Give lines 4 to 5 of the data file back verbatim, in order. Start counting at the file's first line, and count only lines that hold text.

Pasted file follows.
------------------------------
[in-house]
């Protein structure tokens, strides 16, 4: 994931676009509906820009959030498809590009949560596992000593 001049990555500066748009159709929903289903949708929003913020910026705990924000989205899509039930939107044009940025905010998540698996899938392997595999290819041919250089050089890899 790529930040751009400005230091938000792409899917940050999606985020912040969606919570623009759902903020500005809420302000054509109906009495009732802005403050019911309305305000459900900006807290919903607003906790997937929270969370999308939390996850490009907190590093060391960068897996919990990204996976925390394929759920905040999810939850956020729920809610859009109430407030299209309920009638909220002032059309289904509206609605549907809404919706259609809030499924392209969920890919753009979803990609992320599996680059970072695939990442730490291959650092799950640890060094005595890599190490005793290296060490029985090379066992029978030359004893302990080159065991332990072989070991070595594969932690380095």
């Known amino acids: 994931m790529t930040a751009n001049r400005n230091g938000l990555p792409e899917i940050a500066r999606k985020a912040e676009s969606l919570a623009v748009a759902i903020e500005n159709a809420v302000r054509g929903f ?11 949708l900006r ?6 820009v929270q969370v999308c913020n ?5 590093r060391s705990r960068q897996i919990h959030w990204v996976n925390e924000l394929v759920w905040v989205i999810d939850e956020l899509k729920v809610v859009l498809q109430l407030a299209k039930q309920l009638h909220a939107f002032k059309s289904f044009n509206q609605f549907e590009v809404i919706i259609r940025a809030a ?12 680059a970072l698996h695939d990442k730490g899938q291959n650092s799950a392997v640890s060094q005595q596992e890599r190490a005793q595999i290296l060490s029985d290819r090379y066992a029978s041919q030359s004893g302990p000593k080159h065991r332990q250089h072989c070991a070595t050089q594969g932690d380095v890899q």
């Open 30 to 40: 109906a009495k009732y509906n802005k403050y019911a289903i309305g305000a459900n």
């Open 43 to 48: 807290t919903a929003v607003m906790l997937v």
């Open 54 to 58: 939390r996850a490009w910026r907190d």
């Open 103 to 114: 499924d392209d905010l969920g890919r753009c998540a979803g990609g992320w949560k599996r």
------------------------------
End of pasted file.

């Open 30 to 40: 109906a009495k009732y509906n802005k403050y019911a289903i309305g305000a459900n």
């Open 43 to 48: 807290t919903a929003v607003m906790l997937v």